Worcester's City Hall
By Alexa Ferrer

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Situated on the Common, fronting Main Street, Worcester's City Hall is once of the most cherished structures of the city. Located in the downtown area, City Hall opened in April of 1898 on the site of the Old South Meeting house, which had functioned earlier as the original town hall. The city green of turn-of the century Worcester was a perfect location for its central government. City Hall was intended to be the main building for Worcester and development expected to flourish around it. It still functions in official operations and business to residents of Worcester today.

Rich in architectural design, some of the building's prominent features are its elegance and massive form. A sense of dignity is communicated by expressive detail, seen through decorative paneling, free standing columns and fixtures. Power is expressed through projecting porches, window balconies and the façade's grand central staircase. Created from blocks of granite, City Hall is a classic example of Italianate, a type of Renaissance Revival style. Constructed by the Norcross brothers, it was designed by Robert Peabody and John Stearns in the manner of an Italian palazzo, or palace for the people of Worcester.

Robert Peabody, design specialist and business leader of Peabody and Sterns began his career in architecture working for Boston architect, Gridley J. F. Bryant after graduating from Harvard College in 1866. Soon after, he left for Europe and broadened his architecture education in London and Paris. Peabody remained abroad until he joined a partnership with John Sterns Jr. The two organized a firm in Boston which soon after would take the name Peabody and Sterns (Holden 114). The company worked under the influence of various styles of architecture; Queen Anne, Colonial and Renaissance to name a few. Peabody's later years were marked with great success as he served as President of the American Institute of Architects in 1900 and chaired the Boston Society of Architects' Committee on Municipal Improvements for development in the Boston area in 1906 (Holden 116). He also devoted much of his time to writing and presenting articles detailing his architecture experience and knowledge of assorted styles. Peabody and Sterns, a dynamic pair, were responsible for the construction of banks, post offices, such as Boston's Post Office Tower 1913-15 , churches, private residences, libraries, schools, town and city halls, exposition buildings and office buildings around Massachusetts and throughout the country. (Holden 131).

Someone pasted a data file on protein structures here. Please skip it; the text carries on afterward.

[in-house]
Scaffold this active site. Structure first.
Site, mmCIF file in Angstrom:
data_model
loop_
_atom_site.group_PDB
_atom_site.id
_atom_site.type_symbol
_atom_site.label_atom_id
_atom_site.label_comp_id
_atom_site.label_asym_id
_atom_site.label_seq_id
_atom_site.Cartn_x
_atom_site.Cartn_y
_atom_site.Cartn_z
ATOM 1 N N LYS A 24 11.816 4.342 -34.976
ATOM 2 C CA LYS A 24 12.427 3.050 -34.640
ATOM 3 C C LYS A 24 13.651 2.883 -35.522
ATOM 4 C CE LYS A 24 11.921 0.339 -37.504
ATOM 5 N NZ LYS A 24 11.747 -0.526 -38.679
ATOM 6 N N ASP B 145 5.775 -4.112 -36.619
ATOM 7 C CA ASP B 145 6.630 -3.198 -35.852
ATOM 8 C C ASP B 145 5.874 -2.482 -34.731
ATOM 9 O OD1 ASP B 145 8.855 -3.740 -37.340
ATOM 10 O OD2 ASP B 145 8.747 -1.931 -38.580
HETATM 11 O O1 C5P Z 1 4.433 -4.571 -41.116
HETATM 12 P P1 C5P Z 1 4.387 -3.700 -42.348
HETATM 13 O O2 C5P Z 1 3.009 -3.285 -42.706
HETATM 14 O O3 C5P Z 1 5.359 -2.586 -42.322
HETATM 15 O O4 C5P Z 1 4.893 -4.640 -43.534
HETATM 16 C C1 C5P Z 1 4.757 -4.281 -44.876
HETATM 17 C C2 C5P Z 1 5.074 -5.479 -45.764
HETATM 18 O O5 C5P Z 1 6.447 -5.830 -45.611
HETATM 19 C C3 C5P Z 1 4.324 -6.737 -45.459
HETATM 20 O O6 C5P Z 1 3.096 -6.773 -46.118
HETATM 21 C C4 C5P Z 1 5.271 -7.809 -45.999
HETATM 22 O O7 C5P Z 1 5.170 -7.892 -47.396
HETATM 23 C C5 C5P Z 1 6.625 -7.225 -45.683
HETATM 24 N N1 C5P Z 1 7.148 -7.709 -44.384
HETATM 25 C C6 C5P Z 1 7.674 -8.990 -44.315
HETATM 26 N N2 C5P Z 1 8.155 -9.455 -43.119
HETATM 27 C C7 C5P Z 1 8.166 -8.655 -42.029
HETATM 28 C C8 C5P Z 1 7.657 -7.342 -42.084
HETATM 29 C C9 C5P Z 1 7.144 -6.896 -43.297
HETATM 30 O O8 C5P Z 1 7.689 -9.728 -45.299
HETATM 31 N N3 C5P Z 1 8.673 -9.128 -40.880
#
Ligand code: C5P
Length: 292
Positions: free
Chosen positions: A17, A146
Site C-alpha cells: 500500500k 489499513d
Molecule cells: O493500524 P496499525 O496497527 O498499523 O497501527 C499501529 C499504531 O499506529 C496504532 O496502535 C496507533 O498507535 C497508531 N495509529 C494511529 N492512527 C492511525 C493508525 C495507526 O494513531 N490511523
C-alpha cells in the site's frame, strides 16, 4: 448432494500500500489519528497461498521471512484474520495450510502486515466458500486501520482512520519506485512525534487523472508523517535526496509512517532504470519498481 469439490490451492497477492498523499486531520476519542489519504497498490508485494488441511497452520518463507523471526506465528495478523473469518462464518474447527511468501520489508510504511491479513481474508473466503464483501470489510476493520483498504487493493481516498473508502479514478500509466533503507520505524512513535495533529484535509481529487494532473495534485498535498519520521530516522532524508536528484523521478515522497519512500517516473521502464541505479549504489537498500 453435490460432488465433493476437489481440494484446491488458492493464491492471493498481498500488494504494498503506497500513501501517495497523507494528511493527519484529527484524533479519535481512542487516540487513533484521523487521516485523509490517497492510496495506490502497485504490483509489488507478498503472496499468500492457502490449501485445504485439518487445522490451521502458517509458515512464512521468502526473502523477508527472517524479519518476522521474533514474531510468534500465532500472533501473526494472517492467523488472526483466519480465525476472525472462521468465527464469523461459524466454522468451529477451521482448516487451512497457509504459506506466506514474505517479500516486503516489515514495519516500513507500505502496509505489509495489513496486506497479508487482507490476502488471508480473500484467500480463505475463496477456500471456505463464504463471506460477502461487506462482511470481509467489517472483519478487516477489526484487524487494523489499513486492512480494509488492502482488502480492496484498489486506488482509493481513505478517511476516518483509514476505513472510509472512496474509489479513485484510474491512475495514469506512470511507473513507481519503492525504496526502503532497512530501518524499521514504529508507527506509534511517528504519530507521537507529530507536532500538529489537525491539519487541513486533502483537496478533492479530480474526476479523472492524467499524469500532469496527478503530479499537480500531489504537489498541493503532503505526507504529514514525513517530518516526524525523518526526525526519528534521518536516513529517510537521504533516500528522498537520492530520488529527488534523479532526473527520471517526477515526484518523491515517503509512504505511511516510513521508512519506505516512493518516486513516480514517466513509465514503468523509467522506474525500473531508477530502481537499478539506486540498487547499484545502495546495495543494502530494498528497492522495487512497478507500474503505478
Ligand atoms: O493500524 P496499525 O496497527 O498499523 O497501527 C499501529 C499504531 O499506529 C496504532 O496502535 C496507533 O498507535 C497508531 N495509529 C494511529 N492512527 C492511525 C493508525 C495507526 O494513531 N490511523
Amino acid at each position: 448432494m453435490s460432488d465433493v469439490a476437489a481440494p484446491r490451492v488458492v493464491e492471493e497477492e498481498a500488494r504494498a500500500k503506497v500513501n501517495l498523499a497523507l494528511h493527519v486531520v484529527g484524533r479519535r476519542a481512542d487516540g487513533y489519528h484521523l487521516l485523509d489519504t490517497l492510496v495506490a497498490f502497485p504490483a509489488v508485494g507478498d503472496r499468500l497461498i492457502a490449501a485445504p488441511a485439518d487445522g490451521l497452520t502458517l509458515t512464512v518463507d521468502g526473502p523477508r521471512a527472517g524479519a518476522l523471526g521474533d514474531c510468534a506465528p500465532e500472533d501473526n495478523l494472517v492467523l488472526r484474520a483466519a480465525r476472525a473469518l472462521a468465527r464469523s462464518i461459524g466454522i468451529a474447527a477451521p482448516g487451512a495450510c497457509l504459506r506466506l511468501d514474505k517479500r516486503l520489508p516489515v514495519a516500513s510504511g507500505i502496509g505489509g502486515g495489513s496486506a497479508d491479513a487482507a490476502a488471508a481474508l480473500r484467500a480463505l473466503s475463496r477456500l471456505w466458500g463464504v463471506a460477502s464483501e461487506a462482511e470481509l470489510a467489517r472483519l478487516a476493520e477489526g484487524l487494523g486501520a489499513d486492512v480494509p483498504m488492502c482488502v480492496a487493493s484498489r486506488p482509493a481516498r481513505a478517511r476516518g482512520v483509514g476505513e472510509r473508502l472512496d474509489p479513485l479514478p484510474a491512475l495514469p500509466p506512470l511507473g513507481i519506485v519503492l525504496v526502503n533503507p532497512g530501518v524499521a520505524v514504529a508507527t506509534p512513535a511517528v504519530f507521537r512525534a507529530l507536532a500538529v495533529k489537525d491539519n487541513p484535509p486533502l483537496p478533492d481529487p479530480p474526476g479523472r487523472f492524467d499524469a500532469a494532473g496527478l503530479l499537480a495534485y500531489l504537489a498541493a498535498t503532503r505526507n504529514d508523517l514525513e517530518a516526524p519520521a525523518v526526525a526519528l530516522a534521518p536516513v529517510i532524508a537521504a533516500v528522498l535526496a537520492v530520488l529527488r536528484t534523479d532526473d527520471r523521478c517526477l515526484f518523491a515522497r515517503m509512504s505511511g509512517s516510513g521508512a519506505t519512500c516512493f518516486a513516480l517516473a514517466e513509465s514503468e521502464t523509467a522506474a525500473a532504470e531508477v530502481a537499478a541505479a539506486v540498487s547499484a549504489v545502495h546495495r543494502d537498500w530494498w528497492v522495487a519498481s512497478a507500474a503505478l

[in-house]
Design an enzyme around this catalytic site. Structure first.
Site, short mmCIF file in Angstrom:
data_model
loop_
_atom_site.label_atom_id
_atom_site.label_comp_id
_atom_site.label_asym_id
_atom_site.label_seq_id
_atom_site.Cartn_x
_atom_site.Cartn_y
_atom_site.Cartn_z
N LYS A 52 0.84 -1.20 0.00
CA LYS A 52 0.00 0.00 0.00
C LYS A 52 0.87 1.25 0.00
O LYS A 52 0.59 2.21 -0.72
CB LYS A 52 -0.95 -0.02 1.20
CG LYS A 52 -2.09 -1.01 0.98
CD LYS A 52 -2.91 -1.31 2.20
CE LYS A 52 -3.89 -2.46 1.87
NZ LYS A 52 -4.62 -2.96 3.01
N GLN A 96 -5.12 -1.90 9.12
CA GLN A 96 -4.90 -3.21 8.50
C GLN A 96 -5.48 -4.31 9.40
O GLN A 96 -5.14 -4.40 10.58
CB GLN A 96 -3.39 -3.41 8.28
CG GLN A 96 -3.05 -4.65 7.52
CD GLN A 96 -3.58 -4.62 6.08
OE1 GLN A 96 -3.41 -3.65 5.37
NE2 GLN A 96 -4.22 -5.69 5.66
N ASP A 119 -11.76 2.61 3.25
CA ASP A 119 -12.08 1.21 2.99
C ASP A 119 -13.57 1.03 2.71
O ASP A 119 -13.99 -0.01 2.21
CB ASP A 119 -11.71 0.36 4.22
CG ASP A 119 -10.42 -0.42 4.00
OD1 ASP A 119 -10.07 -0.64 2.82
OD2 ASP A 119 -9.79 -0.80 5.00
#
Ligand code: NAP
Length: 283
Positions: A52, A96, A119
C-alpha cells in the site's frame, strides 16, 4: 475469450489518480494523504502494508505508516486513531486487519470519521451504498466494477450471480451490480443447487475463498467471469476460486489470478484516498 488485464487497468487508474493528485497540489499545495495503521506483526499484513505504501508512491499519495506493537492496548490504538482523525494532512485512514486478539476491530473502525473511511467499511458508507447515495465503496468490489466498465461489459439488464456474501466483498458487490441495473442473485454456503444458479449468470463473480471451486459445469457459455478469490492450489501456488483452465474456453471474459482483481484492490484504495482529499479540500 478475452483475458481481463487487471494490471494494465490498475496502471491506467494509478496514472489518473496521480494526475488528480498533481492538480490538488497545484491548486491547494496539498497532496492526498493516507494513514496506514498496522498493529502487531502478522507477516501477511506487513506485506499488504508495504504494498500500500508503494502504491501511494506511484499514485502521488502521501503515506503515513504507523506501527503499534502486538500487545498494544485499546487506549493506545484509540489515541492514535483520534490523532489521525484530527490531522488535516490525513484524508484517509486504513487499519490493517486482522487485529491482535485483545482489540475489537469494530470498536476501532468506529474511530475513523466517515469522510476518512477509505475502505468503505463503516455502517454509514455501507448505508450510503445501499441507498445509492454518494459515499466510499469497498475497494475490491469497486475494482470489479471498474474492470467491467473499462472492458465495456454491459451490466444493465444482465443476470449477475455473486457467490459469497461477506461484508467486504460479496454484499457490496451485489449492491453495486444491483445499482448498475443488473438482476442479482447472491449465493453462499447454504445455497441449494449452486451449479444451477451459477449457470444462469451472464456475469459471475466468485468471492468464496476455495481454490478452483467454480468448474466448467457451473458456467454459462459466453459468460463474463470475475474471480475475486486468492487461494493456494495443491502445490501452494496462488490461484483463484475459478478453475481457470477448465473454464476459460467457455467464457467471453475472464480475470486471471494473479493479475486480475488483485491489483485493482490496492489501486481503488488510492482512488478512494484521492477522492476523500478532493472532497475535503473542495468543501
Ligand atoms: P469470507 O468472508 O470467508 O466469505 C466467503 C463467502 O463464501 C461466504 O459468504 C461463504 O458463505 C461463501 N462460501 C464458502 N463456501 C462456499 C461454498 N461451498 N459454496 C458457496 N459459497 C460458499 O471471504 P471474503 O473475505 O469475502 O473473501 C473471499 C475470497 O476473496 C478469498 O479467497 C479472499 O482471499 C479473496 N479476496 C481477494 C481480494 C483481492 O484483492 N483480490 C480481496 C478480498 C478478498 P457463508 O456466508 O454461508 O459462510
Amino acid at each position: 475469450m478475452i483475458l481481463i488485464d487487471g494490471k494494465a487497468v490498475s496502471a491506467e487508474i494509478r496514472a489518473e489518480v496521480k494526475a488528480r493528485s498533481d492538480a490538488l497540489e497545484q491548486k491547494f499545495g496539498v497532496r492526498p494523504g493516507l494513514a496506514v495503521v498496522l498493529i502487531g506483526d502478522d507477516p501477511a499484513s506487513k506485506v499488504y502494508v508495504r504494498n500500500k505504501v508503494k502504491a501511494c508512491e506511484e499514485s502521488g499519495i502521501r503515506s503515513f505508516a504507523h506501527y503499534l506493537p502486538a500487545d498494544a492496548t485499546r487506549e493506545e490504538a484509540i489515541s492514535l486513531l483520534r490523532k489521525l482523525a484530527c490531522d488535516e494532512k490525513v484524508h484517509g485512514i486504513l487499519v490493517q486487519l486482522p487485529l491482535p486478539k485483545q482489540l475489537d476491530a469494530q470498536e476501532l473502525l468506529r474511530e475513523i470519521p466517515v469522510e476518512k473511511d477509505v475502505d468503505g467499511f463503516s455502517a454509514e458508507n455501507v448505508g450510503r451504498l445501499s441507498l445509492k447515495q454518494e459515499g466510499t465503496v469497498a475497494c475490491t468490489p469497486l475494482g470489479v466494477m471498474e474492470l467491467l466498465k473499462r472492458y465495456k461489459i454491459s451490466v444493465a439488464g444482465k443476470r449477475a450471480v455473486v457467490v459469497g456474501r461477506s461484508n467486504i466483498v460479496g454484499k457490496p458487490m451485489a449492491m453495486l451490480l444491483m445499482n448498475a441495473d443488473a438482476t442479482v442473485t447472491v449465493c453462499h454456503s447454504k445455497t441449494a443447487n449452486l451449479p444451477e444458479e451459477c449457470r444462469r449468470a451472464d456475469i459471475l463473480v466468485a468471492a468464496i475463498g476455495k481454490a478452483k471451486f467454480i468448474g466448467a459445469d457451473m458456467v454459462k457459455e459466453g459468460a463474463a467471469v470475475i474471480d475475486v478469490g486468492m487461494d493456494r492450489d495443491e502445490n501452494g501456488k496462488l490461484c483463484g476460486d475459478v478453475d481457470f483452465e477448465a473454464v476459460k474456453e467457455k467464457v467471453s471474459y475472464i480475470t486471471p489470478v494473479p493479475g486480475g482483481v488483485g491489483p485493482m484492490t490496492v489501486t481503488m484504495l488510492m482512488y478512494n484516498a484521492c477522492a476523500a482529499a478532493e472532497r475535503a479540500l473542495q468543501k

One of the main characteristics of Peabody and Stern's architectural forms is the use of a cupola or tower (Holden 117). This touch is noted in Worcester's City Hall which has an impressive clock tower and is considered by some as the heart of downtown. In keeping with the Italianate design, the building and tower, is often compared to the Palazzo Vecchio in Florence Italy, dated somewhere in between 1299 and 1310. The Palazzo Vecchio, a city hall in Florence, served the public in many aspects like its counterpart in Worcester. It was a meeting place for local government and a place of business for citizens (Paoletti & Radke 55). The Palazzo Vecchio and City Hall have various features in common. In terms of form they are both rectangular in shape and blocky in design. Both have courtyards on the ground floor, a magnificent hall for important meetings and an upstairs for administrative and government offices. Even closer with its several stages and pinnacle is the tower of Pienza's Palazzo del Pretorio, dated 1460.

Another prominent feature of Peabody and Stern's is the use of a grand staircase. Characteristically for the firm, two pairs of stairs on each side would lead to a front porch or some type of balconied space (Holden 124). This is particularly evident on the front of City Hall where two spiral stairs converge under a covered balcony. This type of entranceway is Renaissance inspired. A preference for grand entrances in Palazzo architecture is associated with elegance, strength and classic beauty. For private owners, it was a sign of their wealth and for public buildings and churches it was a symbol of art in its most powerful form (Burckhardt 147). Clearly, Peabody and Sterns was after the same idea for City Hall. The large blocks of stone on the façade of the building add a sense of power while details such as the arches and columns on the entrance give sophistication to the structure.